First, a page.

I hope this helps some for students who struggle with traditional lecture formats and if anyone would like recommendations for websites that have helped me I would be glad to pass along the information. Good luck to everyone!

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10 Comment(s)

Love this! I took a nursing success class and it so helped me learn that I was utilizing the wrong tools to study for my classes.

It was like the light bulb went off; concept maps didn't do anything for me. Case studies, and open discussions about how to use the information did wonders.

llg, PhD, RN

Specializes in Nursing Professional Development. Has 43 years experience.

I started out reading this article expecting not to like it ... but ended up liking it a lot. Too many people think "they know how to study best" and are quick to say "this is the way to do." In fact, there are many ways to study and we each need to find what works best for us.

I was always a good student in lecture classes and other students would sometimes ask to borrow my notes. Boy were they disappointed! I never took many notes, made flashcards, or did most of the stuff "experts" would recommend. I listened and just jotted down a few key ideas now and then that would tell me which material to study for the test -- or that would help me relate one key idea to another. I was always looking to relate one thing to another to create a good sense of the "big picture." I wouldn't waste time or energy on the little details. That's what the books were for.

I was in lecture to learn what the professor's perspective on the topic was ... So I would want to be sure I got that from the lecture. Then I could fill in the little factual details for the books, articles, etc. myself later.

wannabeny said:
Love this! I took a nursing success class and it so helped me learn that I was utilizing the wrong tools to study for my classes.

It was like the light bulb went off; concept maps didn't do anything for me. Case studies, and open discussions about how to use the information did wonders.

I really wish they offered a college prep course in my high school or offered just a general how to study course in college even! Would have saved me years of frustration. Glad you found what worked for you!!

llg said:
I started out reading this article expecting not to like it ... but ended up liking it a lot. Too many people think "they know how to study best" and are quick to say "this is the way to do." In fact, there are many ways to study and we each need to find what works best for us.

I was always a good student in lecture classes and other students would sometimes ask to borrow my notes. Boy were they disappointed! I never took many notes, made flashcards, or did most of the stuff "experts" would recommend. I listened and just jotted down a few key ideas now and then that would tell me which material to study for the test -- or that would help me relate one key idea to another. I was always looking to relate one thing to another to create a good sense of the "big picture." I wouldn't waste time or energy on the little details. That's what the books were for.

I was in lecture to learn what the professor's perspective on the topic was ... So I would want to be sure I got that from the lecture. Then I could fill in the little factual details for the books, articles, etc. myself later.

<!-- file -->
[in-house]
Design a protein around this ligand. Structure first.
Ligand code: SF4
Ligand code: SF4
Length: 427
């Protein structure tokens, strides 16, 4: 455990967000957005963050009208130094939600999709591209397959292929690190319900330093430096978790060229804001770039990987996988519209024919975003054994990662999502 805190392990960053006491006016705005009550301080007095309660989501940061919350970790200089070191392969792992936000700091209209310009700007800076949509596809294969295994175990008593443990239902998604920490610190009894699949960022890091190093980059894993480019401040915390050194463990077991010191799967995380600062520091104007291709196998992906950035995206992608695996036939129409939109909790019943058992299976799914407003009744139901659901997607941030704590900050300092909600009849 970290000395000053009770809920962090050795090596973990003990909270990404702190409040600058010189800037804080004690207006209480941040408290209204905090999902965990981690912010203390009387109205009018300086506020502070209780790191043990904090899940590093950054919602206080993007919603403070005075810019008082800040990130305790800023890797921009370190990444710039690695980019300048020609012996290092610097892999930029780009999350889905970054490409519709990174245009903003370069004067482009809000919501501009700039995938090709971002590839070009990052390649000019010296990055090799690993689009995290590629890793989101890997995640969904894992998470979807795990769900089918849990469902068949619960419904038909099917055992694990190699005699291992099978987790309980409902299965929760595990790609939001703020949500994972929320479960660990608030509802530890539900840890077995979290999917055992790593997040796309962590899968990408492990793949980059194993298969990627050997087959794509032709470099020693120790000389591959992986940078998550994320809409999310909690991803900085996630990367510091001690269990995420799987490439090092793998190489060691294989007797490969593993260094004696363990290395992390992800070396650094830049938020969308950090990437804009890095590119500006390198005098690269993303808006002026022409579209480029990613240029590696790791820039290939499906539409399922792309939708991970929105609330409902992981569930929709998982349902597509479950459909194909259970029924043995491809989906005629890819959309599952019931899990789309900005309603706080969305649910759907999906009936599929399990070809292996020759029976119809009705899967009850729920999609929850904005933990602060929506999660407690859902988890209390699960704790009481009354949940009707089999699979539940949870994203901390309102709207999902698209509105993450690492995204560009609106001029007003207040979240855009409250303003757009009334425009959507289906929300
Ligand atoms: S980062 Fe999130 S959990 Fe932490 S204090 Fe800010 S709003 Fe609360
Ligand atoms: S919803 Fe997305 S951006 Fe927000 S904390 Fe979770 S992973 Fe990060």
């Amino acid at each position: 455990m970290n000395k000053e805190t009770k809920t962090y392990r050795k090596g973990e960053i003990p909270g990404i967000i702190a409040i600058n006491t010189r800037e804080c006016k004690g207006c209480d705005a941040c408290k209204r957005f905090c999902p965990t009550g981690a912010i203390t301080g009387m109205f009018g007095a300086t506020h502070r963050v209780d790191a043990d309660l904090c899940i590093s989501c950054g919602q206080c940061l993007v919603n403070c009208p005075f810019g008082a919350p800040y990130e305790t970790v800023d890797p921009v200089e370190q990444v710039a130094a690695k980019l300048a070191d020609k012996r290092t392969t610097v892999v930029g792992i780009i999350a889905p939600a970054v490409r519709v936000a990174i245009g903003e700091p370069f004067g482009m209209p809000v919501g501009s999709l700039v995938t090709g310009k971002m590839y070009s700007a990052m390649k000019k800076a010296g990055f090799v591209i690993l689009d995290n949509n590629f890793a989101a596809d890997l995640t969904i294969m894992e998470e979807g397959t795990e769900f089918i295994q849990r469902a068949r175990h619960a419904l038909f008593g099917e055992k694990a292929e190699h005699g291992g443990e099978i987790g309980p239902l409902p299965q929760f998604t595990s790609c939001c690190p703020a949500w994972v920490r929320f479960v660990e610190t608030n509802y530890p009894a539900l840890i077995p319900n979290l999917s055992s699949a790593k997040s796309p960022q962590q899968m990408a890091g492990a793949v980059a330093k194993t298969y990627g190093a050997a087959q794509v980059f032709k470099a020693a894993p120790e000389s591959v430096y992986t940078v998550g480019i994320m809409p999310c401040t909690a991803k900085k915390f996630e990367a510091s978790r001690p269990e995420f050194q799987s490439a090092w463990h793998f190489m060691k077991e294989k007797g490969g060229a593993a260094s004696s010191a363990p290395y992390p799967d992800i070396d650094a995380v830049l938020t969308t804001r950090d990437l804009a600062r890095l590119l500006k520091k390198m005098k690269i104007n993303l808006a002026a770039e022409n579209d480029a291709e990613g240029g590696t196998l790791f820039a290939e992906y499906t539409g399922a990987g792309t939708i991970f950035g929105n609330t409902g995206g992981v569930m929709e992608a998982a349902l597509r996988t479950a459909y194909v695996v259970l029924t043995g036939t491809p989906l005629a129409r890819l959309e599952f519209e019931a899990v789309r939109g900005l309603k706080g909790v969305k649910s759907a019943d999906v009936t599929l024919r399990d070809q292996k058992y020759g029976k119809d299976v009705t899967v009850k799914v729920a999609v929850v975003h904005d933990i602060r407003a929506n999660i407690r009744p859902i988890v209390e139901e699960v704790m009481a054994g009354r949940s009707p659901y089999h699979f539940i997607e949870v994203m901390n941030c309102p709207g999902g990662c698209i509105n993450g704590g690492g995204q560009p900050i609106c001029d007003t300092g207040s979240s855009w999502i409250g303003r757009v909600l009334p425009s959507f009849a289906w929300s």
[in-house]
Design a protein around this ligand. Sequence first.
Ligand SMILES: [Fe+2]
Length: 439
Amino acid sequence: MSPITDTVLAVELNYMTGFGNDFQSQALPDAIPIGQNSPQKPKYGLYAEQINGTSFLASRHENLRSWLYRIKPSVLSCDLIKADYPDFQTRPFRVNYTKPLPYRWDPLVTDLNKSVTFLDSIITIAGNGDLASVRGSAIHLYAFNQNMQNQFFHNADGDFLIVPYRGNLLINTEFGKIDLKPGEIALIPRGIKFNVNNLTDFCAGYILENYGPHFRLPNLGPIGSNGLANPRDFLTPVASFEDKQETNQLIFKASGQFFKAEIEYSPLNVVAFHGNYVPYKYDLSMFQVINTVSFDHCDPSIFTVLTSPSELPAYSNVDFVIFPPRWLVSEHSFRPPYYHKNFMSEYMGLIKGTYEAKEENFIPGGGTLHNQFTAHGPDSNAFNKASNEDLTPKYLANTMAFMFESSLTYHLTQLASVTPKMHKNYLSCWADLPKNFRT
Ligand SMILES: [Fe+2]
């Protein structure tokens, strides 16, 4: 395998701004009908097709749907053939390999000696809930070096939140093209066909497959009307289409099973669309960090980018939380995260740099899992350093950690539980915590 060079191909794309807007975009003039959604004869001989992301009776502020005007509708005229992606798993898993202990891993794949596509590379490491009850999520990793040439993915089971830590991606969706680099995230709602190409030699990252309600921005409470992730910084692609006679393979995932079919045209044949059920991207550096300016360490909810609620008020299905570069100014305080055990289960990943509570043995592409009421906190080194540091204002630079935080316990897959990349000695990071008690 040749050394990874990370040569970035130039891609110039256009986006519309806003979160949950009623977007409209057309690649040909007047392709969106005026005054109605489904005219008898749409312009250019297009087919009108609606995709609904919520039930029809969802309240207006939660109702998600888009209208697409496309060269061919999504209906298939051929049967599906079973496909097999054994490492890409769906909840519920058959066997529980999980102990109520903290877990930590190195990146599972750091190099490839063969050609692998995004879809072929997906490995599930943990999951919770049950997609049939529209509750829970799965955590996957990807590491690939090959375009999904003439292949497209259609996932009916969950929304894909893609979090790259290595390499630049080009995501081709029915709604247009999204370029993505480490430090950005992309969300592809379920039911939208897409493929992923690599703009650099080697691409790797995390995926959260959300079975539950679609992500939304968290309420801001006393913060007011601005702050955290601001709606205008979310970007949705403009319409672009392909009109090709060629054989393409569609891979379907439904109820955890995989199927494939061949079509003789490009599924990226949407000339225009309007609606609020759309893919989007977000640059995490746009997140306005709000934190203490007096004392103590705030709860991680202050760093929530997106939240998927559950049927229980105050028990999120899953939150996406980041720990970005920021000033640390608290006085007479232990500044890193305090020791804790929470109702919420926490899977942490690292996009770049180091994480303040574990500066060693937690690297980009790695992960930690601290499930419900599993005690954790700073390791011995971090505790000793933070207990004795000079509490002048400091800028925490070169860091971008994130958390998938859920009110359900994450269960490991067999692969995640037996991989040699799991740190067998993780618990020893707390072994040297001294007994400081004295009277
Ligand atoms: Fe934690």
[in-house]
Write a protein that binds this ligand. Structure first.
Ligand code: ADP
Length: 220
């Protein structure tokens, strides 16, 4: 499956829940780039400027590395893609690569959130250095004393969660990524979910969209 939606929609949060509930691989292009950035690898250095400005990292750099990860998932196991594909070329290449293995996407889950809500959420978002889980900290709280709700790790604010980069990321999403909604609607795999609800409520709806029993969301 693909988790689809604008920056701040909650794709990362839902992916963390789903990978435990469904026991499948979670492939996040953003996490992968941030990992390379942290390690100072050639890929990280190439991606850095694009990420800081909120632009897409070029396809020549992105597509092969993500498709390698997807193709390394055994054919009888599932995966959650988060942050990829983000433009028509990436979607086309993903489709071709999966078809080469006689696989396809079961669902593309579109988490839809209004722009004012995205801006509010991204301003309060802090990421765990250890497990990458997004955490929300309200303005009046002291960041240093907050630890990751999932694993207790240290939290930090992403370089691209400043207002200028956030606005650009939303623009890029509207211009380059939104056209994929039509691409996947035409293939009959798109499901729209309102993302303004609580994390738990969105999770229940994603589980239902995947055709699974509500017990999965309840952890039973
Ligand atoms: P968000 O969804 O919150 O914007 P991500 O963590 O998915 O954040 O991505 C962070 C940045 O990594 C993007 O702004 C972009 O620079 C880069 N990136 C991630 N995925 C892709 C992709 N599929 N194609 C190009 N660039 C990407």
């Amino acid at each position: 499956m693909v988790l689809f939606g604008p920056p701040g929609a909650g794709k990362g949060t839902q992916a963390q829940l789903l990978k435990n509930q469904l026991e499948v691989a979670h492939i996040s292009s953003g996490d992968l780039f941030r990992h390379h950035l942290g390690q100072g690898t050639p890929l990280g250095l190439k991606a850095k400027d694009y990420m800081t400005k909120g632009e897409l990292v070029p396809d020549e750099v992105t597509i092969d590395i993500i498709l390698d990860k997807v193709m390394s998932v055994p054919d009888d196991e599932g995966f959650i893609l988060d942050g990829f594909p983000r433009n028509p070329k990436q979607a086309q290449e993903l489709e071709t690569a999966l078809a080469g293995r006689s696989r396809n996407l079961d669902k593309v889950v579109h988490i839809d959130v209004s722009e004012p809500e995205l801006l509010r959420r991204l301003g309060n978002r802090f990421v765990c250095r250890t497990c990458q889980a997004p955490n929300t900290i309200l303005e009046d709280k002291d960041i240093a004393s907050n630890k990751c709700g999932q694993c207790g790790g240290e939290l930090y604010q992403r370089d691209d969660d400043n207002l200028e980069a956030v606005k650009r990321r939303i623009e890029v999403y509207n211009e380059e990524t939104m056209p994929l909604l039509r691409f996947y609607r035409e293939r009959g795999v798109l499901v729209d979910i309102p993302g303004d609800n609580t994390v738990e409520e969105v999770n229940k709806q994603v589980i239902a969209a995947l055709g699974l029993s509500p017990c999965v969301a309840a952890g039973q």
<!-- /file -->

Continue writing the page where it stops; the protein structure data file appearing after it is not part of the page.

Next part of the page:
I am glad you liked it!! So true about people thinking one study way is the best way, obviously all of us has found that not to be true. I am convinced more would succeed in the nursing program if there were more study routes talked about and examples given. Flashcards online for me have been a life saver but one of my school friends can't stand them and does exceptionally way memorizing things just by looking at them a few times. Wish I could do that!

al3x117, RN, EMT-B

Specializes in Medical/Surgical/Telemetry RN. Has 1 years experience.

I am the same way!!!! Thanks for this.

I am beginning an RN PROG. now and I loved the article it really put things in perspective to me as how to categorize and trying different tactics while studying. I usually do look at the information as a hole than begun to disect the details. With countless hours of pounding in the information I get it buy I hope I can have an, "aha," moment where it will all make sense. Thank you for the article I really felt it was I who wrote it :) ... good luck with all future endeavors

Buyer beware, BSN

Specializes in GENERAL. Has 40 years experience.

SaltySarcasticSally,

Have no fear.

If you do not like lecture there always another lecture to choose from.

"I read only the boxes, bolded words/sentences,and the first and last sentence of every paragraph. I made concept maps insteadof notes, graphs instead of flashcards, and for things I needed to memorize I utilized online flash cards to save time."

Can you give some examples of graphs and concept maps. The bold words and boxes are good ideas too. I need an example of the two former things. Thanks

Thanks for sharing your experience! Really informative

Hello guys I need some advice please. So I applied for nursing school and I took my pre-requisite. I don't remember them well I took my first nursing class and didn't understand it and I failed. I'm retaking it this coming semester and I'm afraid to fail again do you guys have any advice please? tips on how to study because I really don't know how to specially for this I feel so helpless and stupid.